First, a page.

|View from Cuyamaca Peak|
|View from Middle Peak|
Cuyamaca and Middle Peaks are two prominent peaks featuring spectacular views of most of Southern California. Pick a clear day to climb one, the other, or both, and see how many landmarks you can pick out.
Elevation Gained: 3,100′
Critters: 11 deer, ravens, quail, hawks, rabbits
I am satisfied to say that I’ve hiked in just about every corner of Cuyamaca State Park. This sprawling park offers great views, a nearly infinite trail network, backcountry camping, car camping, wildlife viewing, and, of course, lots of good hikes. One can busy one’s self for a week trying to catch all of the different trails here and still have to leave a lot out. On my 8th trip here and on yet another long walkabout, I think I’ve finally covered all of the bases.
Cuyamaca has a lot of highlights, and I always succumb to the temptation to try to squeeze three or four into one hike. This generally leads to long, rambling loops, which means that there also tend to be tedious stretches of hiking through burnt forest or succession scrubs between highlights. Today was no exception, as I summitted Middle Peak, attempted to find Sill Hill Waterfall, and summitted Cuyamaca Peak. Inbetween all of that was burnt forest, although there were a lot of great views as well.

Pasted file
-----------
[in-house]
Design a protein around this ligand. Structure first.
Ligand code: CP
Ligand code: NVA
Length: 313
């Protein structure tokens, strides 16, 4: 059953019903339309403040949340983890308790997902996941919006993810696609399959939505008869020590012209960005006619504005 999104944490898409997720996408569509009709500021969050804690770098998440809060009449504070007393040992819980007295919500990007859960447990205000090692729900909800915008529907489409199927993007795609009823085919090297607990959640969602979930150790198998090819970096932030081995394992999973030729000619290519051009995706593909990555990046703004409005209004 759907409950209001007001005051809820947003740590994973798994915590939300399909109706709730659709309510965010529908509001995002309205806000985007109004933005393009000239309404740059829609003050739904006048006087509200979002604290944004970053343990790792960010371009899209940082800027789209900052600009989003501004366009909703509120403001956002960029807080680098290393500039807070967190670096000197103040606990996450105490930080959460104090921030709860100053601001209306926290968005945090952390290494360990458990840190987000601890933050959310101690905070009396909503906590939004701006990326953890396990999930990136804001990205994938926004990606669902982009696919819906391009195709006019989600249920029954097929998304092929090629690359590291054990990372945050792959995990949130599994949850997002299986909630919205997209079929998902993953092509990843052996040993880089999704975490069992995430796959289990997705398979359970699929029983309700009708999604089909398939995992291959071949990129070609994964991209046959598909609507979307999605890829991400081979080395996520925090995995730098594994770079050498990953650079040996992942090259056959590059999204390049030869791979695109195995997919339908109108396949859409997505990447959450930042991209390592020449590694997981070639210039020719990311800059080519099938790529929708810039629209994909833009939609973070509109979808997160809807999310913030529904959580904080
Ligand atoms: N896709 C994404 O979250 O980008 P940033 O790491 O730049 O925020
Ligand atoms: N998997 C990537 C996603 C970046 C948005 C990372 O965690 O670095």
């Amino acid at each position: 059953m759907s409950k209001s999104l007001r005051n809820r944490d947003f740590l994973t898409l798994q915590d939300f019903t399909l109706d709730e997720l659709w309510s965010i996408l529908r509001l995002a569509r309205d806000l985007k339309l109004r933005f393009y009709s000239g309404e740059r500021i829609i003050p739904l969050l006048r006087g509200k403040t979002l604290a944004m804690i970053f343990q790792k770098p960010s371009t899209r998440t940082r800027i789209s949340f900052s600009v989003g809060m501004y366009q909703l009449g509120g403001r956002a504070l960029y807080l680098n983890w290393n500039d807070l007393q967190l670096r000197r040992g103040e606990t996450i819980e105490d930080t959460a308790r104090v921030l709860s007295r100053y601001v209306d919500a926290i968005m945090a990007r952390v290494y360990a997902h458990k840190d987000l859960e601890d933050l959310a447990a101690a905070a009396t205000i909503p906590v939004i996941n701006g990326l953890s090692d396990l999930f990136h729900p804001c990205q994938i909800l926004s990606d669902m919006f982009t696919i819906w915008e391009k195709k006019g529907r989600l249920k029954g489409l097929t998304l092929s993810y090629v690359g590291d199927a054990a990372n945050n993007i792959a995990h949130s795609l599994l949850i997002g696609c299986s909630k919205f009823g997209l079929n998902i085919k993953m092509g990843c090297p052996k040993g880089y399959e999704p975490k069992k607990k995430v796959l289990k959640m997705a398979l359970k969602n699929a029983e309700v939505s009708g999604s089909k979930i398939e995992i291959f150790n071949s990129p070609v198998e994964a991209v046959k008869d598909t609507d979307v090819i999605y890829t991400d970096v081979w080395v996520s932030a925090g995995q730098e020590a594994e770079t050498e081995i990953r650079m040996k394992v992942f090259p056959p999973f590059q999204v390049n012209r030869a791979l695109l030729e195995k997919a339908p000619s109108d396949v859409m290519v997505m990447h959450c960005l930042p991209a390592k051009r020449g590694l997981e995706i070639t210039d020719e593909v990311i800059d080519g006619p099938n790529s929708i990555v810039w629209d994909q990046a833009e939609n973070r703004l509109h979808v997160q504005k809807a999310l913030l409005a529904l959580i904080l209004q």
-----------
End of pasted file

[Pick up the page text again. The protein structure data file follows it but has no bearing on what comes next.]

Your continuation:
If you’re the sort of hiker who likes to stand atop a peak and survey the views for miles around, this, or some variation of it, would probably be a good hike for you. While Palomar has lush forests with subtle shades and colors, and Mt. Laguna has vast, forest-fringed meadows, neither of those locales offer views as panoramic as Cuyamca Peak. Strategically located in the center of San Diego County, the only county landmarks it misses is the low-lying portion of Anza-Borrego Desert. Combine a trip up Cuyamaca Peak with a trip up Garnet or Monument Peak near Mt. Laguna, and you can honestly say you have seen the entirety of the county.
Of course, the burnt forest is a constant reminder of the tragic 2003 Cedar Fire. The long stretches of ghost forest do get a little tedious here. I can’t think of a single long hike that I’ve taken here that didn’t have its tedious stretches. Then again, it’s very rare for a 16 mile hike to not get tedious at some point. I’m finding it more and more worth it to set aside my sadness over the wasted forest as Cuyamaca still has a lot to offer, starting with the views.
Here is a gallery labeled with some of the landmarks visible from Cuyamaca Peak.